A&P of Sort Keys, part 1 (aka The law of the letter -- e.g. Latin < Greek < Cyrillic)

by Michael S. Kaplan, published on 2007/09/11 03:16 -04:00, original URI: http://blogs.msdn.com/b/michkap/archive/2007/09/11/4861436.aspx


Previous posts in this series:

Okay, we'll start with something simple, basically a bunch of simple lowercase letters with no diacritics on them.

I'll take a string that grabs some of those look-alike characters from the Latin, Cyrillic, and Greek scripts. Our test string will be:

aokαοκаок

Which is U+0061 U+006f U+006b U+03b1 U+03bf U+03ba U+0430 U+043e U+043a, or:

LATIN SMALL LETTER A, LATIN SMALL LETTER O, LATIN SMALL LETTER K,
GREEK SMALL LETTER ALPHA, GREEK SMALL LETTER OMICRON, GREEK SMALL LETTER KAPPA,
CYRILLIC SMALL LETTER A, CYRILLIC SMALL LETTER O, CYRILLIC SMALL LETTER KA

Good enough?

Ok, let's look at the sort key, with a simple call to LCMapString with the LCMAP_SORTKEY flag, using 0x0409 (US English), although many other LCIDs will give use that same default table....

The sort key is the following stream of bytes. As in the first post, the sentinels are in black. The Unicode weight (UW) values will be in green.

0e 02 0e 7c 0e 36 0f 02 0f 10 0f 0b 10 06 10 48 10 36 01 01 01 01 00

Ok, so we have a nice easy read here -- 9 characters, 18 bytes.

Notice how the first byte in this two byte Unicode weight is the same for each script? That is the Script Member (SM) value:

and so on. The assignments here are arbitrary and of course are not guaranted if a major version change occurs.

Thus where I generated this key, quite arbitrarily, Latin < Greek < Cyrillic. Thus if one is comparing the first letter to the fourth, one will get the same results as comparing the first byte of 0e 02 with the first bytes of 0f 02.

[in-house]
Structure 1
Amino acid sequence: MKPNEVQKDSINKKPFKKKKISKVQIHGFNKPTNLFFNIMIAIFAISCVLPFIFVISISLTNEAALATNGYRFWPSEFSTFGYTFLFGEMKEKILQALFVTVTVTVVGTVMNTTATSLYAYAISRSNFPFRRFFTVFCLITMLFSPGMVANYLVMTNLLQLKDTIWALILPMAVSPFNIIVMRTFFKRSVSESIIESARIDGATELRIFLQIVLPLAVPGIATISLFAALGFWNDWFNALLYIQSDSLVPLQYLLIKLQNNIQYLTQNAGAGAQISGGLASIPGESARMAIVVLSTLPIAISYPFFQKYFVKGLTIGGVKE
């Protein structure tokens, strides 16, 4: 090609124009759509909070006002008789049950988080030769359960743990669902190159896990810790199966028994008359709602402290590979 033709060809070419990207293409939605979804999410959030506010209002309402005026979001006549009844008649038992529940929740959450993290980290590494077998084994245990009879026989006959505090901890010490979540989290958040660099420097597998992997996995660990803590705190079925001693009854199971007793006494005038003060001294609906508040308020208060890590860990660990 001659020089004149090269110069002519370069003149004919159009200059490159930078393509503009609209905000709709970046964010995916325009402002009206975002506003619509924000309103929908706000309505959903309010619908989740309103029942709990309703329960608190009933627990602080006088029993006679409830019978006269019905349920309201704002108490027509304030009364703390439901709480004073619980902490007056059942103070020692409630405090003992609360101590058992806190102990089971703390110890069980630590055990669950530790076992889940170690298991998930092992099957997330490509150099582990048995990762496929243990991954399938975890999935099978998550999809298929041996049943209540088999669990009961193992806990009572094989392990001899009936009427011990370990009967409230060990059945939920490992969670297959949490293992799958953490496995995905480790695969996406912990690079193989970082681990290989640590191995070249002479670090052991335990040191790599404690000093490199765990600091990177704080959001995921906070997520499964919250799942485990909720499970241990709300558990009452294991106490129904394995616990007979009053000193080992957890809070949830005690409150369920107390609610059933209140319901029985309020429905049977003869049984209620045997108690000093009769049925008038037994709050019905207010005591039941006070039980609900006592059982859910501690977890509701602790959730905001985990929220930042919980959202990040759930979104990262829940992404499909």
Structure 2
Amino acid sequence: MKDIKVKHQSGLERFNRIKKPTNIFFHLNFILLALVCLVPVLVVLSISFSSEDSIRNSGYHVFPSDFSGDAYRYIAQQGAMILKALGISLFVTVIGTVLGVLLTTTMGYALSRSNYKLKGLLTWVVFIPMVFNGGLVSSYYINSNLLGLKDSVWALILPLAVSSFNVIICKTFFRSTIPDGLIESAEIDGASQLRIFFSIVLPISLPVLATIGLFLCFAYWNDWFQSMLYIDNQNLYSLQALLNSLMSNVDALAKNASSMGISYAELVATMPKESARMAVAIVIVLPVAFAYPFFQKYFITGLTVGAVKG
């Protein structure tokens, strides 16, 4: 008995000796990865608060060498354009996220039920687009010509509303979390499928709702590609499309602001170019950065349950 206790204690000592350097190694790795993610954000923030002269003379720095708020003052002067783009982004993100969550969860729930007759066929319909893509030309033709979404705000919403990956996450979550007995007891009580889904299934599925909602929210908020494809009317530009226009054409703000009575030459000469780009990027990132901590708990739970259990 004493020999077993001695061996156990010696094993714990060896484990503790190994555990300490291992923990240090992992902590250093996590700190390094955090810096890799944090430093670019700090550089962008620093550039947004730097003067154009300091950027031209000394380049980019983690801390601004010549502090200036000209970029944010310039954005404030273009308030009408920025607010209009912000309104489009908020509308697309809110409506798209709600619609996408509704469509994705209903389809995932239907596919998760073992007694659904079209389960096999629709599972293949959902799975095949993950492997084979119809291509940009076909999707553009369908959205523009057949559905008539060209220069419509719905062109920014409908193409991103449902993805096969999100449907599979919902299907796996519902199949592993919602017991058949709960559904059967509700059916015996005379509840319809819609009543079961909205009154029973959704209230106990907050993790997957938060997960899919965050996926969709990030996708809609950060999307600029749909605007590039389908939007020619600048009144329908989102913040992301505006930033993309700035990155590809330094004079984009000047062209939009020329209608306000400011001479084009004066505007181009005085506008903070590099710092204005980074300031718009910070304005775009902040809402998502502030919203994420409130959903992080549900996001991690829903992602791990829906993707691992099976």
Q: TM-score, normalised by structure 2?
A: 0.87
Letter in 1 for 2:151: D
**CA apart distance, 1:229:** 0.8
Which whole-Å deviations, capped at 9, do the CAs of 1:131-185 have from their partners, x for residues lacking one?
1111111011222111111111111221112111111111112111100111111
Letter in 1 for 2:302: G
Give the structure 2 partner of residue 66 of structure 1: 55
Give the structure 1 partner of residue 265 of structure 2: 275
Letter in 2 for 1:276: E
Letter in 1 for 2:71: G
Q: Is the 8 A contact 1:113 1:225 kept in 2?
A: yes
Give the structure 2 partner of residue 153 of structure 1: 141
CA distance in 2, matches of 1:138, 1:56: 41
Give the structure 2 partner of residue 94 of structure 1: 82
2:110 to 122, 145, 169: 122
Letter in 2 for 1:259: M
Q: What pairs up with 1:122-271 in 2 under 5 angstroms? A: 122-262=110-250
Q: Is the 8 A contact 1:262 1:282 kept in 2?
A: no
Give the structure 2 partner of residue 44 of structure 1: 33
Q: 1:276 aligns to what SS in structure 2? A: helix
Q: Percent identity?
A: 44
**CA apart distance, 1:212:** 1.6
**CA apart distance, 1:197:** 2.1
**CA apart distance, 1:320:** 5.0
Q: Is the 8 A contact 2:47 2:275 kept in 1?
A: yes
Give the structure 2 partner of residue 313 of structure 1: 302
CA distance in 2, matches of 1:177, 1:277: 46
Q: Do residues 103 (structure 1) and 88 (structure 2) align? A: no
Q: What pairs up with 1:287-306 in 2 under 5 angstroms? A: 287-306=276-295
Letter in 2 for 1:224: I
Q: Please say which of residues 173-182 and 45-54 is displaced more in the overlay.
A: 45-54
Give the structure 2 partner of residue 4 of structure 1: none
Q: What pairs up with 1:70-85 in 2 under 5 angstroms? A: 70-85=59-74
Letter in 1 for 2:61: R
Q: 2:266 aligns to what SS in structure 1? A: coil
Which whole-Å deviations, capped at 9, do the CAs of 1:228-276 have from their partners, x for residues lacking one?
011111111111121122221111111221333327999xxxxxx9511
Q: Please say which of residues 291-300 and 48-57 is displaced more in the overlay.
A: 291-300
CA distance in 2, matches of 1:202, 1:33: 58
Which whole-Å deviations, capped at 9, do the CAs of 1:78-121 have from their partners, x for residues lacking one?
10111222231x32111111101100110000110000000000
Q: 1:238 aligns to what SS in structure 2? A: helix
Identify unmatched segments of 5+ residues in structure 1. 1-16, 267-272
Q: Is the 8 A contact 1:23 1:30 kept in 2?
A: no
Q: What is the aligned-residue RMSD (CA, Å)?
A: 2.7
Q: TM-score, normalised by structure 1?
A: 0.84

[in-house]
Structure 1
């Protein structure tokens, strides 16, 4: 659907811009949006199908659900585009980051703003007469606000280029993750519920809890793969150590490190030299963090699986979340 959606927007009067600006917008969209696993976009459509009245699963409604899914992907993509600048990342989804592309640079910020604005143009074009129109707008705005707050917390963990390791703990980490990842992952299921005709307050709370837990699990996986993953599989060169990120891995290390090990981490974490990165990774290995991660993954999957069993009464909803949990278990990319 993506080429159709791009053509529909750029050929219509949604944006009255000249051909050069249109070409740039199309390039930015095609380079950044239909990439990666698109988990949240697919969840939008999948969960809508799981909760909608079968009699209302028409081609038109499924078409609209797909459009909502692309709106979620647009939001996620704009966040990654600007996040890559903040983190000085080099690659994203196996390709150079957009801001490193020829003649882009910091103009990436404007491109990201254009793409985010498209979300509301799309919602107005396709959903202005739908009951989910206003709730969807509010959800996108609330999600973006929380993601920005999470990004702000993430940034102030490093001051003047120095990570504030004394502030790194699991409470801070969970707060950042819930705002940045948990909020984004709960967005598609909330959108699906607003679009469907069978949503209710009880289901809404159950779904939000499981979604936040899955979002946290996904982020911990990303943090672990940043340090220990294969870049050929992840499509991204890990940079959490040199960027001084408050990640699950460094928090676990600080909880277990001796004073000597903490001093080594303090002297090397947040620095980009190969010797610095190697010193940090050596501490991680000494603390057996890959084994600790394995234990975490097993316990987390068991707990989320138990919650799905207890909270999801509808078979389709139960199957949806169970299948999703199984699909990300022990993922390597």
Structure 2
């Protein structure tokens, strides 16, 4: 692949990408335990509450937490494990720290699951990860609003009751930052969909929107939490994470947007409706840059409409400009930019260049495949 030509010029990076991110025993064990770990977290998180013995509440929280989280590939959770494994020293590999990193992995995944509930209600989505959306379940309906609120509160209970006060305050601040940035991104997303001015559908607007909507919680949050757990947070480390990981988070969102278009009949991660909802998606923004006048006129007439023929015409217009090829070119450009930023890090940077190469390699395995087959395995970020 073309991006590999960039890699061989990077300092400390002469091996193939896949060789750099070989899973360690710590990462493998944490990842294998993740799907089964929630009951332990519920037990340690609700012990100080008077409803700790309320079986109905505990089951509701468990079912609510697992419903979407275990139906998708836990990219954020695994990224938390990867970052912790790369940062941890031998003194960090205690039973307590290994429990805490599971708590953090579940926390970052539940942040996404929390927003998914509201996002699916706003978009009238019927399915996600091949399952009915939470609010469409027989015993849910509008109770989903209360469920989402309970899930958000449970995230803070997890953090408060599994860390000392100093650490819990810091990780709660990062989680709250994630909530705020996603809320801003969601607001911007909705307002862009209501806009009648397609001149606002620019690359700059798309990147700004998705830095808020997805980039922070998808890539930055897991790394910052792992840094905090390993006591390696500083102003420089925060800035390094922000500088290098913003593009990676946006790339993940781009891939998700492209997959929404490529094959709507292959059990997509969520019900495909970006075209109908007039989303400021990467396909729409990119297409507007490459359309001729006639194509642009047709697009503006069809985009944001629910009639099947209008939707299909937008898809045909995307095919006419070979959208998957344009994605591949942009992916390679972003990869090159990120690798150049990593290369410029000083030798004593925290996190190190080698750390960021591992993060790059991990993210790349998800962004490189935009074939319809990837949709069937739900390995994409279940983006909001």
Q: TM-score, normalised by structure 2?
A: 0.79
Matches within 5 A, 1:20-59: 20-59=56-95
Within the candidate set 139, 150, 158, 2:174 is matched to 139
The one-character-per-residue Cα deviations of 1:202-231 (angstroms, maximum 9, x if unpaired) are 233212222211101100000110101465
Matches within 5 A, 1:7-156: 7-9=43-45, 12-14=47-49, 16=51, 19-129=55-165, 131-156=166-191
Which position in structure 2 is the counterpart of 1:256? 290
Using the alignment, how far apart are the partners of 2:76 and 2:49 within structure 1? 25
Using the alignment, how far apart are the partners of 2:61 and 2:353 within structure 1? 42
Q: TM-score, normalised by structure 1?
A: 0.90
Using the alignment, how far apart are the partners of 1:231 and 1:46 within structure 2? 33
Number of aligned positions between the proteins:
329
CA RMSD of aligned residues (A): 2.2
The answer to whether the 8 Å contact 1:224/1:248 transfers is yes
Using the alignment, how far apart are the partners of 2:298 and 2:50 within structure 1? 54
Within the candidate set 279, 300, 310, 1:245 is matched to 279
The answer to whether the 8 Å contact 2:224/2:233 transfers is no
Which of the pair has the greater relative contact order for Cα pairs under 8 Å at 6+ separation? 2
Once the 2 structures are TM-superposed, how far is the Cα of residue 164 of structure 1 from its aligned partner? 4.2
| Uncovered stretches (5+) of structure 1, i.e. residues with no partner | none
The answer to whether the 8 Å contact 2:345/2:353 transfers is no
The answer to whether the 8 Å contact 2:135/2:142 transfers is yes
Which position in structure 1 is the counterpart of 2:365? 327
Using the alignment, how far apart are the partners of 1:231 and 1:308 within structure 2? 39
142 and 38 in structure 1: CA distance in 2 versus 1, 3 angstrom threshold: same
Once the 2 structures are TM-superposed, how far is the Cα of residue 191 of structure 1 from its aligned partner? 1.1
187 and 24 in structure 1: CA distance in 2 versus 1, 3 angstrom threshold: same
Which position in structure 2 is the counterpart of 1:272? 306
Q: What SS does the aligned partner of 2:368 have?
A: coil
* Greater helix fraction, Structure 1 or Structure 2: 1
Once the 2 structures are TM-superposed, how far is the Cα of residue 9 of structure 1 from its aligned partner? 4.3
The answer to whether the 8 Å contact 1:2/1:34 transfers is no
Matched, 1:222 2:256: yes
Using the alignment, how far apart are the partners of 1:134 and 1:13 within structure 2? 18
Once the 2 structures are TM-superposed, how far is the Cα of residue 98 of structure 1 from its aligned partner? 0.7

The second byte is a value used to distinguish primary differences between letters. If one were comparing the second byte of 0e 02 with the second byte of 03 7c.

Any time a string contains only simple alphabetic characters with no additional weights on them, this same kind of key will be generated.

Since a shorter string always comes before an otherwise equal but longer one, comparing αο to αοκ would be comparing

0e 02 0e 7c 01 01 01 01 00

 to

0e 02 0e 7c 0e 36 01 01 01 01 00

and suddenly the value of those sentinels becomes clear - since they will (bugs aside) be less than any legitimate weight, the shorter string comes before the longer.

Now at this point there is not much more to say about this simple case,since it is (after all) simple. So tomorrow we will try to make things a little bit more complicated....

 

This post brought to you by 1 (U+0031, a.k.a. DIGIT ONE)


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referenced by

2008/08/21 A&P of Sort Keys, part 14: The Hangul is really getting OLD

2007/10/09 A&P of Sort Keys, part 13 (About the function that is too lazy to get it right every time)

2007/10/08 A&P of Sort Keys, part 12 (aka Han sorts first!)

2007/09/24 A&P of Sort Keys, part 11 (aka It's not like ideographic sorts were developed idiopathically)

2007/09/21 A&P of Sort Keys, part 10 (aka I've kana wanted to start talking about Japanese)

2007/09/20 A&P of Sort Keys, part 9 (aka Not always transitive, but punctual and punctuating)

2007/09/18 A&P of Sort Keys, part 8 (aka You can often think of ignoring weights as a form of ignorance)

2007/09/17 A&P of Sort Keys, part 7 (aka You're very thin now, but I can still recognize you)

2007/09/16 A&P of Sort Keys, part 6 (aka Relax, be calm, and deCOMPRESS if you are feeling out of sorts)

2007/09/15 A&P of Sort Keys, part 5 (aka EXPANSIONing your horizons)

2007/09/14 A&P of Sort Keys, part 4 (aka It isn't a race but let's make an EXCEPTION and cross the Finnish line)

2007/09/13 A&P of Sort Keys, part 3 (aka Should you let a string make it's case? If so, Y?)

2007/09/12 A&P of Sort Keys, part 2 (aka The string that won? Didn't have a mark on him!)

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